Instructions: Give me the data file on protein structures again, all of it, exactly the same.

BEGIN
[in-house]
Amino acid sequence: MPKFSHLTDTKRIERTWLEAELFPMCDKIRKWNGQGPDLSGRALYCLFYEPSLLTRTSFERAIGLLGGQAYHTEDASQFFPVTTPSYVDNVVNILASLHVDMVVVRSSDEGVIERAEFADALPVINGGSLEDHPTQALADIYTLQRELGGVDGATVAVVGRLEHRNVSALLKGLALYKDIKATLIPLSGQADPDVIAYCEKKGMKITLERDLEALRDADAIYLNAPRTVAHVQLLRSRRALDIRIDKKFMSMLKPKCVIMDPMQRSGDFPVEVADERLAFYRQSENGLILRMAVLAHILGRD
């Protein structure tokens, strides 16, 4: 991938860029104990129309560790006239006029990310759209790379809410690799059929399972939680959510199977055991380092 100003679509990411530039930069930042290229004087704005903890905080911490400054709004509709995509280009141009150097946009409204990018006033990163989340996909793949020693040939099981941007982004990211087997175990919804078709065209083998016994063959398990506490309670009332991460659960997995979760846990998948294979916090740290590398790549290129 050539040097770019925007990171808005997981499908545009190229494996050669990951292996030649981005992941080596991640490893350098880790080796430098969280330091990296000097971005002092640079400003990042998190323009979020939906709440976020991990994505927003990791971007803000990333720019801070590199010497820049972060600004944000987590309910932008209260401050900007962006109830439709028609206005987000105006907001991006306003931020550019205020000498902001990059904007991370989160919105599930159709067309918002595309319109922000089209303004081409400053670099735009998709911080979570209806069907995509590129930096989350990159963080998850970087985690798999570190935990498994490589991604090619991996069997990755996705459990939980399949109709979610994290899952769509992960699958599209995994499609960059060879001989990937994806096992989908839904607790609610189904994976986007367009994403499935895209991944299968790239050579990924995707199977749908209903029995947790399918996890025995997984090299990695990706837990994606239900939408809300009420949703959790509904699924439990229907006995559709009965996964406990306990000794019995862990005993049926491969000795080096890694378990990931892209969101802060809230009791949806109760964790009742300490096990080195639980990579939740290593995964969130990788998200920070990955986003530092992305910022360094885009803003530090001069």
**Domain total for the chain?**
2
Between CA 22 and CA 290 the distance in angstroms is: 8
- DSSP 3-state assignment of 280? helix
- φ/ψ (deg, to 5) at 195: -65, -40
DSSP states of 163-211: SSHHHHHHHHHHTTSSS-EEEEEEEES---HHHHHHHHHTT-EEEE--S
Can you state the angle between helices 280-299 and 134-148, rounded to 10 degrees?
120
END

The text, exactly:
[in-house]
Amino acid sequence: MPKFSHLTDTKRIERTWLEAELFPMCDKIRKWNGQGPDLSGRALYCLFYEPSLLTRTSFERAIGLLGGQAYHTEDASQFFPVTTPSYVDNVVNILASLHVDMVVVRSSDEGVIERAEFADALPVINGGSLEDHPTQALADIYTLQRELGGVDGATVAVVGRLEHRNVSALLKGLALYKDIKATLIPLSGQADPDVIAYCEKKGMKITLERDLEALRDADAIYLNAPRTVAHVQLLRSRRALDIRIDKKFMSMLKPKCVIMDPMQRSGDFPVEVADERLAFYRQSENGLILRMAVLAHILGRD
């Protein structure tokens, strides 16, 4: 991938860029104990129309560790006239006029990310759209790379809410690799059929399972939680959510199977055991380092 100003679509990411530039930069930042290229004087704005903890905080911490400054709004509709995509280009141009150097946009409204990018006033990163989340996909793949020693040939099981941007982004990211087997175990919804078709065209083998016994063959398990506490309670009332991460659960997995979760846990998948294979916090740290590398790549290129 050539040097770019925007990171808005997981499908545009190229494996050669990951292996030649981005992941080596991640490893350098880790080796430098969280330091990296000097971005002092640079400003990042998190323009979020939906709440976020991990994505927003990791971007803000990333720019801070590199010497820049972060600004944000987590309910932008209260401050900007962006109830439709028609206005987000105006907001991006306003931020550019205020000498902001990059904007991370989160919105599930159709067309918002595309319109922000089209303004081409400053670099735009998709911080979570209806069907995509590129930096989350990159963080998850970087985690798999570190935990498994490589991604090619991996069997990755996705459990939980399949109709979610994290899952769509992960699958599209995994499609960059060879001989990937994806096992989908839904607790609610189904994976986007367009994403499935895209991944299968790239050579990924995707199977749908209903029995947790399918996890025995997984090299990695990706837990994606239900939408809300009420949703959790509904699924439990229907006995559709009965996964406990306990000794019995862990005993049926491969000795080096890694378990990931892209969101802060809230009791949806109760964790009742300490096990080195639980990579939740290593995964969130990788998200920070990955986003530092992305910022360094885009803003530090001069």
**Domain total for the chain?**
2
Between CA 22 and CA 290 the distance in angstroms is: 8
- DSSP 3-state assignment of 280? helix
- φ/ψ (deg, to 5) at 195: -65, -40
DSSP states of 163-211: SSHHHHHHHHHHTTSSS-EEEEEEEES---HHHHHHHHHTT-EEEE--S
Can you state the angle between helices 280-299 and 134-148, rounded to 10 degrees?
120